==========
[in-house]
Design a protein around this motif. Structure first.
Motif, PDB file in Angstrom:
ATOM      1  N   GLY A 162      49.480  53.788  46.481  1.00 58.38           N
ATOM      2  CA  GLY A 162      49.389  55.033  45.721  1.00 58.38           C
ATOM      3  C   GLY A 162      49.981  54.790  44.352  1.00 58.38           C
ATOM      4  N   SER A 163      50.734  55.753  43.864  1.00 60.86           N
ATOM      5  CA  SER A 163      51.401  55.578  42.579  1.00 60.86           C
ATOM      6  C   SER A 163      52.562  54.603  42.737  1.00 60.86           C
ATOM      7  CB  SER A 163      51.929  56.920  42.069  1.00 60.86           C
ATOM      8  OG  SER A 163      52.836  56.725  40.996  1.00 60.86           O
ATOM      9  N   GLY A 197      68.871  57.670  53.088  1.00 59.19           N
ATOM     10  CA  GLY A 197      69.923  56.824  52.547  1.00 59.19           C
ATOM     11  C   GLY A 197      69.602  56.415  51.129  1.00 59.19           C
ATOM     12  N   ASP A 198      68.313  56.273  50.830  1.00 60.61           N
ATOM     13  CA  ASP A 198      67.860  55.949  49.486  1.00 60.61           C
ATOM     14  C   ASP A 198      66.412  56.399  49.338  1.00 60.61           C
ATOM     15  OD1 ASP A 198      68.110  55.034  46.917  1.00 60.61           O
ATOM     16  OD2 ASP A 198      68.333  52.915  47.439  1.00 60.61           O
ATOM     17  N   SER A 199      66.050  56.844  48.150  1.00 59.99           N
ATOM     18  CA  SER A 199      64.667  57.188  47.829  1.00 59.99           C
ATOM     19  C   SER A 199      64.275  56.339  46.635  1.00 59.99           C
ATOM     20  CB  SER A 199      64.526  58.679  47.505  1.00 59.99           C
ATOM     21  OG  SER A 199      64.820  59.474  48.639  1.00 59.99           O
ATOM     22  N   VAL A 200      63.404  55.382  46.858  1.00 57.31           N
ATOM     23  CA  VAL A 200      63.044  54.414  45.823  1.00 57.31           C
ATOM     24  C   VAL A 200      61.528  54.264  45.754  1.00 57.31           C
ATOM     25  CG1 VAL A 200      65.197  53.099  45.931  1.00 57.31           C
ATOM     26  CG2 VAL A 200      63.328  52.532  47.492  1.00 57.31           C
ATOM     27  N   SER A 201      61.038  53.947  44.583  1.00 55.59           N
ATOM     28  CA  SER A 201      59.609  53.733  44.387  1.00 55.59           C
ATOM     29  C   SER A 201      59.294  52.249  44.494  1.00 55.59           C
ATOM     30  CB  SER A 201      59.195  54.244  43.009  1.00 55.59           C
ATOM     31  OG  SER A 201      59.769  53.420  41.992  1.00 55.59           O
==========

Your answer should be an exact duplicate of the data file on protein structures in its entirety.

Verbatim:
[in-house]
Design a protein around this motif. Structure first.
Motif, PDB file in Angstrom:
ATOM      1  N   GLY A 162      49.480  53.788  46.481  1.00 58.38           N
ATOM      2  CA  GLY A 162      49.389  55.033  45.721  1.00 58.38           C
ATOM      3  C   GLY A 162      49.981  54.790  44.352  1.00 58.38           C
ATOM      4  N   SER A 163      50.734  55.753  43.864  1.00 60.86           N
ATOM      5  CA  SER A 163      51.401  55.578  42.579  1.00 60.86           C
ATOM      6  C   SER A 163      52.562  54.603  42.737  1.00 60.86           C
ATOM      7  CB  SER A 163      51.929  56.920  42.069  1.00 60.86           C
ATOM      8  OG  SER A 163      52.836  56.725  40.996  1.00 60.86           O
ATOM      9  N   GLY A 197      68.871  57.670  53.088  1.00 59.19           N
ATOM     10  CA  GLY A 197      69.923  56.824  52.547  1.00 59.19           C
ATOM     11  C   GLY A 197      69.602  56.415  51.129  1.00 59.19           C
ATOM     12  N   ASP A 198      68.313  56.273  50.830  1.00 60.61           N
ATOM     13  CA  ASP A 198      67.860  55.949  49.486  1.00 60.61           C
ATOM     14  C   ASP A 198      66.412  56.399  49.338  1.00 60.61           C
ATOM     15  OD1 ASP A 198      68.110  55.034  46.917  1.00 60.61           O
ATOM     16  OD2 ASP A 198      68.333  52.915  47.439  1.00 60.61           O
ATOM     17  N   SER A 199      66.050  56.844  48.150  1.00 59.99           N
ATOM     18  CA  SER A 199      64.667  57.188  47.829  1.00 59.99           C
ATOM     19  C   SER A 199      64.275  56.339  46.635  1.00 59.99           C
ATOM     20  CB  SER A 199      64.526  58.679  47.505  1.00 59.99           C
ATOM     21  OG  SER A 199      64.820  59.474  48.639  1.00 59.99           O
ATOM     22  N   VAL A 200      63.404  55.382  46.858  1.00 57.31           N
ATOM     23  CA  VAL A 200      63.044  54.414  45.823  1.00 57.31           C
ATOM     24  C   VAL A 200      61.528  54.264  45.754  1.00 57.31           C
ATOM     25  CG1 VAL A 200      65.197  53.099  45.931  1.00 57.31           C
ATOM     26  CG2 VAL A 200      63.328  52.532  47.492  1.00 57.31           C
ATOM     27  N   SER A 201      61.038  53.947  44.583  1.00 55.59           N
ATOM     28  CA  SER A 201      59.609  53.733  44.387  1.00 55.59           C
ATOM     29  C   SER A 201      59.294  52.249  44.494  1.00 55.59           C
ATOM     30  CB  SER A 201      59.195  54.244  43.009  1.00 55.59           C
ATOM     31  OG  SER A 201      59.769  53.420  41.992  1.00 55.59           O